n e have tried probably every known device for the storage of
rolled charts. They may be piled on racks such as once were
used at Harvard TJniversity. To make these, pieces of round
iron, some 30 inches long or more, are bent for a couple of inches
a t the ends, flattened and drilled a t the middle, and screned
horizontally to wooden uprights to as to project on both sides
like large coat hooks and form two ladder-like sets of supports.
On two such uprights, properly spaced, one inay store inany
charts and classify them roughly. The uprights may be h i l t
on a base with casters beneath it and the whole contrivance
dieeled from place to place. Labels may be written on discs
of cardboard tacked to the ends of the chart rollers. As the
charts accumulate and are piled several deep on each support,
it is impossible to keep them in order arid much time is wasted
in locating and reading the small labels. I n spite of the most
ingenious labeling it is often necessary to unroll the charts t o
find those that are suitable, and this entails not only loss of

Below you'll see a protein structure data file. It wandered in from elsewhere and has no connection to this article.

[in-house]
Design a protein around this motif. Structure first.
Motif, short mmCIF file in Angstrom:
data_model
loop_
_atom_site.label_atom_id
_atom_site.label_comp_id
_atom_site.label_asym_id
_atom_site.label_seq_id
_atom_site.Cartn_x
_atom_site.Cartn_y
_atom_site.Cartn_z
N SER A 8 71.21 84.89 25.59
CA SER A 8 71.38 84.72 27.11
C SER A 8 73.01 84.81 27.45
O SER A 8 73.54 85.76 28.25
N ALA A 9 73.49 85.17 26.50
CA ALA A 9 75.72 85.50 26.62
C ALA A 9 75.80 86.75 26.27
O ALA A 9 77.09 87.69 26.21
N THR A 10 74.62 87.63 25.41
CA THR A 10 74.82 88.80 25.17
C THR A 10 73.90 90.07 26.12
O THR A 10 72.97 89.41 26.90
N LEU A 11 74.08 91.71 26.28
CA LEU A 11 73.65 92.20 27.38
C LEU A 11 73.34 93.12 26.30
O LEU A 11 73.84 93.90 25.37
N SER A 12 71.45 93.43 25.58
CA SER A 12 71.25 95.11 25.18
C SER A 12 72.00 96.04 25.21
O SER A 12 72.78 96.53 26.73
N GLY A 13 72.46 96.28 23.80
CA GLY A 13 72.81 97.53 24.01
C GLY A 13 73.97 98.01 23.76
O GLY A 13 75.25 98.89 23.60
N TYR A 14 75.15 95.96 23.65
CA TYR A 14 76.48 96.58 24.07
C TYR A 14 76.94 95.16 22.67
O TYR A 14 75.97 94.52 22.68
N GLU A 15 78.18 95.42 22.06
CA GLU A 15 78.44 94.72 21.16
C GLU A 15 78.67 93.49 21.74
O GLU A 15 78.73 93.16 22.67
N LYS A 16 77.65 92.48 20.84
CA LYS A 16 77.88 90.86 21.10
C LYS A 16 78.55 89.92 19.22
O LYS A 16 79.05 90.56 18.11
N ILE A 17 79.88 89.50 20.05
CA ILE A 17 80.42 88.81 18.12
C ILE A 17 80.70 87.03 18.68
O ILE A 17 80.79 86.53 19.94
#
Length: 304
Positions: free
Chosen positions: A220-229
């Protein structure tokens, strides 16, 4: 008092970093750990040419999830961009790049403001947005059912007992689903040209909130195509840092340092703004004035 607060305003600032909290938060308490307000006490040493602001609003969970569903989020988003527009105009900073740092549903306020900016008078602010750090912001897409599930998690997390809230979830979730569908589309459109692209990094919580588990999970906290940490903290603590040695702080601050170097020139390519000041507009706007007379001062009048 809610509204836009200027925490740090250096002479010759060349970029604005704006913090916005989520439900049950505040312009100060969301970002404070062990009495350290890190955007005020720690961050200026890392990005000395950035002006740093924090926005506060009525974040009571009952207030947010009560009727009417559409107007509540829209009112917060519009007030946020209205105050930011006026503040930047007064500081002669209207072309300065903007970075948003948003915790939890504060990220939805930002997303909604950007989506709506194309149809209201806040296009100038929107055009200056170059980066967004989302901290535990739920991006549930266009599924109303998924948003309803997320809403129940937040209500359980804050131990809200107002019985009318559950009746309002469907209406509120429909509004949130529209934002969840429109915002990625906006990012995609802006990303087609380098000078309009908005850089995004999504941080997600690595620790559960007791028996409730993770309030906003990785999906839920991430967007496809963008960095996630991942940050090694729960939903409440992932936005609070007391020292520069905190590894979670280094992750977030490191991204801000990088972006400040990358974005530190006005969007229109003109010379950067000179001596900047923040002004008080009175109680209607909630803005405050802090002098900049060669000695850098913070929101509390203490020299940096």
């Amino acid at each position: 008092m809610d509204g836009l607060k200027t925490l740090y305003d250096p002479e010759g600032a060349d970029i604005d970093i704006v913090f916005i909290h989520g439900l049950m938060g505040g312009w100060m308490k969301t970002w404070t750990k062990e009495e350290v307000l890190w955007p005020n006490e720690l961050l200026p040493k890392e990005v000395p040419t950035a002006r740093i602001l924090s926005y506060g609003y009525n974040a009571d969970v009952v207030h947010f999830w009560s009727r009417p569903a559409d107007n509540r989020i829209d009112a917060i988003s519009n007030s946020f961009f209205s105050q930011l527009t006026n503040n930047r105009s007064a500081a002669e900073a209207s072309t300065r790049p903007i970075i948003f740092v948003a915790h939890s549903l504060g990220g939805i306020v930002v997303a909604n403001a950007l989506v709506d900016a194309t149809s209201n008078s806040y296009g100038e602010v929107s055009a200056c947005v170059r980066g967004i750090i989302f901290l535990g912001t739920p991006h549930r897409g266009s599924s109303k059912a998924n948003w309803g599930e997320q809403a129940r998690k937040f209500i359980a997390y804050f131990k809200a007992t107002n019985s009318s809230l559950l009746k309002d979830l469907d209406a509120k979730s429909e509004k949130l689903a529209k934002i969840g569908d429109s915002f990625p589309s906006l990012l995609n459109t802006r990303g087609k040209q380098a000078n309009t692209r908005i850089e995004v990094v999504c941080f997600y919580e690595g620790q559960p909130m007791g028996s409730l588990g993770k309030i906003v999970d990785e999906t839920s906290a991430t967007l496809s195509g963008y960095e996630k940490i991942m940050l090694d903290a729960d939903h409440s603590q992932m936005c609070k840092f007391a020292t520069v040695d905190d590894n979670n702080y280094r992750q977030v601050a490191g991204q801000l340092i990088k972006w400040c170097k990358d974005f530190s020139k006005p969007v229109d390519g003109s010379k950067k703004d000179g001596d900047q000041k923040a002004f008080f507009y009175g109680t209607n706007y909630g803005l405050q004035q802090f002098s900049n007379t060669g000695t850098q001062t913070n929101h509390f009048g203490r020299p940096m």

time, but damage to the chart+.
T o find the charts more readily, we have tried supporting them
on pairs of large iron hooks screwed into vertical wood strips
nailed to the walls of the lecture rooin. The charts then lie in
one plane like the rungs of numerous ladders set against the wall.
They may be classified and Ial~elsput beneath the groups. Bur
39
40
JACOB REIGHARD
as the collection grows it takes much wall space. It may become necessary to climb to reach the uppermost charts and they
have still to be unrolled.
I n place of supporting the rolled charts on metal rods, one
may use deep wood fraiiies divided into compartments like the
boxes in a post office. These may be arranged to hold the charts
in vertical or horizontal position, but we have found this plan
as cumbersome and wasteful of time as the other.
Home-made charts accumulate in every laboratory and are
apt to be of various sizes and of material that deteriorates if
kept rolled and frequently unrolled. To avoid the labor of attaching them to rollers, one is tempted to let them lie flat, and
we have piled them thus in large cases with numerous close-set
shelves on which they may be roughly classified. It is not easy
to label such charts so as t o find readily what is wanted, and in
pulling one from a pile for examination it is likely to be torn or
damaged by rubbing. T o return it to its proper place the whole
pile must be taken out. Naturally one puts the chart back on